-One last point. It could be argued that many social anarchists smuggle the state back in via communal ownership of the means of life. This, however, is not the case. To argue so confuses society with the state. The communal ownership advocated by collectivist and communist anarchists is not the same as state ownership. This is because it is based on horizontal relationships between the actual workers and the "owners" of social capital (i.e. the federated communities as a whole, which includes the workers themselves we must stress), not vertical ones as in nationalisation (which are between state bureaucracies and its "citizens"). Also, such communal ownership is based upon letting workers manage their own work and workplaces. This means that it is based upon, and does not replace, workers' self-management. In addition, all the members of a participatory anarchist community fall into one of three categories:+
- +
- (1) producers (i.e. members of a collective or self-employed artisans);+
- (2) those unable to work (i.e. the old, sick and so on, who were producers); or+
- (3) the young (i.e. those who will be producers). +
- +
-Therefore, workers' self-management within a framework of communal ownership is entirely compatible with libertarian and socialist ideas concerning the possession of the means of producing and distributing goods by the producers themselves.+
- +
-Hence, far from there being any contradiction between libertarianism and socialism, libertarian ideals imply socialist ones, and vice versa. As Bakunin argued in 1867:+
- +
- "We are convinced that freedom without Socialism is privilege and injustice, and that Socialism without freedom is slavery and brutality." [Bakunin on Anarchism, p. 127] +
- +
-History has proven him correct. +
<small>Some content for the introduction was retrieved from [[Wikipedia:Libertarianism]], which allows reuse under the terms of the GFDL, which Debatepedia is licensed under.</small> <small>Some content for the introduction was retrieved from [[Wikipedia:Libertarianism]], which allows reuse under the terms of the GFDL, which Debatepedia is licensed under.</small>

Revision as of 06:10, 31 December 2008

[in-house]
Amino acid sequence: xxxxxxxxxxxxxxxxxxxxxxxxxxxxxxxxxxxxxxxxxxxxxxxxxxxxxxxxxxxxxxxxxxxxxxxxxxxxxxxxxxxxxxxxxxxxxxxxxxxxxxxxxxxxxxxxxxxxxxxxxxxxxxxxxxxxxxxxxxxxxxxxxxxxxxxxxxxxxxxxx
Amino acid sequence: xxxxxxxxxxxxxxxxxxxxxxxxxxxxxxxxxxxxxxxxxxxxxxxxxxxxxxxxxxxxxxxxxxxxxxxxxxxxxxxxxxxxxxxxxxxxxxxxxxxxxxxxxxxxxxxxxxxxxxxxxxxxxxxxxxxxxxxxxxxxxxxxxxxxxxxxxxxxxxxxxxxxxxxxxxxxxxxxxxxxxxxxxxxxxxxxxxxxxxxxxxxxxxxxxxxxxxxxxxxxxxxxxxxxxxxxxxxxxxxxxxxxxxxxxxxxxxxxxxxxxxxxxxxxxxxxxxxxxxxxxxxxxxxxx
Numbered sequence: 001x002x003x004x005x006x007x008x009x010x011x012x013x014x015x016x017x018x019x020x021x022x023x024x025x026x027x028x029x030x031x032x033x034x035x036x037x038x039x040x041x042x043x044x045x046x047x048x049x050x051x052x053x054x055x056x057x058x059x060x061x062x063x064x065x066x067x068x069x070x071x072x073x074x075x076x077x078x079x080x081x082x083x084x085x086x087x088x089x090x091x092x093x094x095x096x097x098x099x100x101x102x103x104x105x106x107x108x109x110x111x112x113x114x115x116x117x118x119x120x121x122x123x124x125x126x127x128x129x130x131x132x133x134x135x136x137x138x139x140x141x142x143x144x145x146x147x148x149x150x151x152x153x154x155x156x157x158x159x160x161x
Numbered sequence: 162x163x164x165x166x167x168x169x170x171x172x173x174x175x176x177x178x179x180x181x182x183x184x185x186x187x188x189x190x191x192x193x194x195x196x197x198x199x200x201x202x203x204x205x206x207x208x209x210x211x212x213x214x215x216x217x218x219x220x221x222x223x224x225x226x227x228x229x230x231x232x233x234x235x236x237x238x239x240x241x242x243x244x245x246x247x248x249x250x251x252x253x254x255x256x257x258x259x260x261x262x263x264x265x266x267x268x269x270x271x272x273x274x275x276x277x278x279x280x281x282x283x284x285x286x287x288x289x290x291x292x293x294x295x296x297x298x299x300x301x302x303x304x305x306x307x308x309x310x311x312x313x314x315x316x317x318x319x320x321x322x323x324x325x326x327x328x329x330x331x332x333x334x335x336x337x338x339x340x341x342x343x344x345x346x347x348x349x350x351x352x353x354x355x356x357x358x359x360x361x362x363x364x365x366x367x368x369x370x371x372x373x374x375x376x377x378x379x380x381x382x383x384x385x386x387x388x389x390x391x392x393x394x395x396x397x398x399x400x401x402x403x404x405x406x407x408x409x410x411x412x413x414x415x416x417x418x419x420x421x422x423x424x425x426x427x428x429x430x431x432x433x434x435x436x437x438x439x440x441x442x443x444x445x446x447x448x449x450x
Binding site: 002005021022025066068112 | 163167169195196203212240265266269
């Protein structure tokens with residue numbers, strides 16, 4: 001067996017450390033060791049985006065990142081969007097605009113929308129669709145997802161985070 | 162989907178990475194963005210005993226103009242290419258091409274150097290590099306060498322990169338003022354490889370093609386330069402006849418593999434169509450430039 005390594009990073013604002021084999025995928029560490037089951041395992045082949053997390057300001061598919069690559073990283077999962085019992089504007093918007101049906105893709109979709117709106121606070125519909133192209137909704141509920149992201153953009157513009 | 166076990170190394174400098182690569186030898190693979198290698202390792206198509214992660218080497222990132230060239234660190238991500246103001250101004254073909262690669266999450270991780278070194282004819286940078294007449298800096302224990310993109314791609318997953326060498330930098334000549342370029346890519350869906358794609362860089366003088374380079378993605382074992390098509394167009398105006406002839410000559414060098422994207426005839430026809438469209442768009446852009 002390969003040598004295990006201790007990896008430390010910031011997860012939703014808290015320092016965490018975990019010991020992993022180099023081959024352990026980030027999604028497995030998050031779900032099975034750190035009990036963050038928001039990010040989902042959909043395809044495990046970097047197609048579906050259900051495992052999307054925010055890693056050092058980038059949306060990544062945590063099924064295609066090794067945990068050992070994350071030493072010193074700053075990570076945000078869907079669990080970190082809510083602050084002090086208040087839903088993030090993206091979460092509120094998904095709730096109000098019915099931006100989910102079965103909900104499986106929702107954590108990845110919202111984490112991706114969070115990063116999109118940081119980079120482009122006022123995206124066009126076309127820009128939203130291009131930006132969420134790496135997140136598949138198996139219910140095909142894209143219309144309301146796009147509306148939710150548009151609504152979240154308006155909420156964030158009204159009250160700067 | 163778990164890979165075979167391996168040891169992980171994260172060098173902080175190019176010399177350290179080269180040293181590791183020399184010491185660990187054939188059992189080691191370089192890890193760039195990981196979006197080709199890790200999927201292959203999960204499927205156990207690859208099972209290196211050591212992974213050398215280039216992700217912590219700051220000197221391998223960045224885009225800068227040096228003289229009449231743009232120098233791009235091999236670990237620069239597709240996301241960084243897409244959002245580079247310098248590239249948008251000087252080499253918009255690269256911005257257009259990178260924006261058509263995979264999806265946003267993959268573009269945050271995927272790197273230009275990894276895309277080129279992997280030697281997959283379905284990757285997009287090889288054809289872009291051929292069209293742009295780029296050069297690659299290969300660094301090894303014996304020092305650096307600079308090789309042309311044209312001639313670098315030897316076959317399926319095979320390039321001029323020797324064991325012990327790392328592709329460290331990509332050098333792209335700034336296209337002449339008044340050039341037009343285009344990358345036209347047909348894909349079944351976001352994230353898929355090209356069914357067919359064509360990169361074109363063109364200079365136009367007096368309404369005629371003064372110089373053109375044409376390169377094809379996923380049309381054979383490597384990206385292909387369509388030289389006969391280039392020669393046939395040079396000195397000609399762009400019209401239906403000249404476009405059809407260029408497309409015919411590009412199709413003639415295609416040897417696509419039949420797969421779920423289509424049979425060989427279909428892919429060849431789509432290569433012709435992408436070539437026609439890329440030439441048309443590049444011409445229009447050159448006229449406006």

Is Libertarianism a sound political philosophy?


Contents

Background and Context of Debate:

Libertarianism is a broad spectrum of political philosophies, each sharing the common overall priority of maximum limitation of government combined with optimum possible individual liberty. Its goals, though often varied in detail, prioritize freedom of speech and assembly, freedom of association, freedom to bear arms, freedom of and from religion, Press freedom, economic freedom, and freedom of ownership. It rejects the compulsions of socialism and communism so far as to uphold, at one end of the spectrum, private property, whether held on an individual or group basis. It promotes personal responsibility and self-organized charity, as opposed to welfare statism.

There are, broadly speaking, two types of libertarian: rights theorists (also called libertarian moralists) and libertarian consequentialists. Rights theorists, which include noted deontologists, assert that all persons are the absolute owners of their lives, and should be free to do whatever they wish with their own bodies or property, provided they do not infringe on the rights of another to engage in that same freedom. They maintain that the initiation of force, defined by physical violence against another or non-physical acts such as fraud or threat, is a violation of that central principle; however, they hold that protective violence, such as self defense, does not constitute an initiation of force since they hold that such actions necessarily reflect an individual's reaction to a danger initiated by another individual. Many philosophers proclaiming this theory recognize the necessity of a limited role of government to protect individuals from any violation of their rights, and to prosecute those who initiate force against others. Some other rights theorists claim to oppose the existence of government altogether, perceiving taxation, among some other usual basic government actions, to be initiation of force (these include anarcho-capitalists).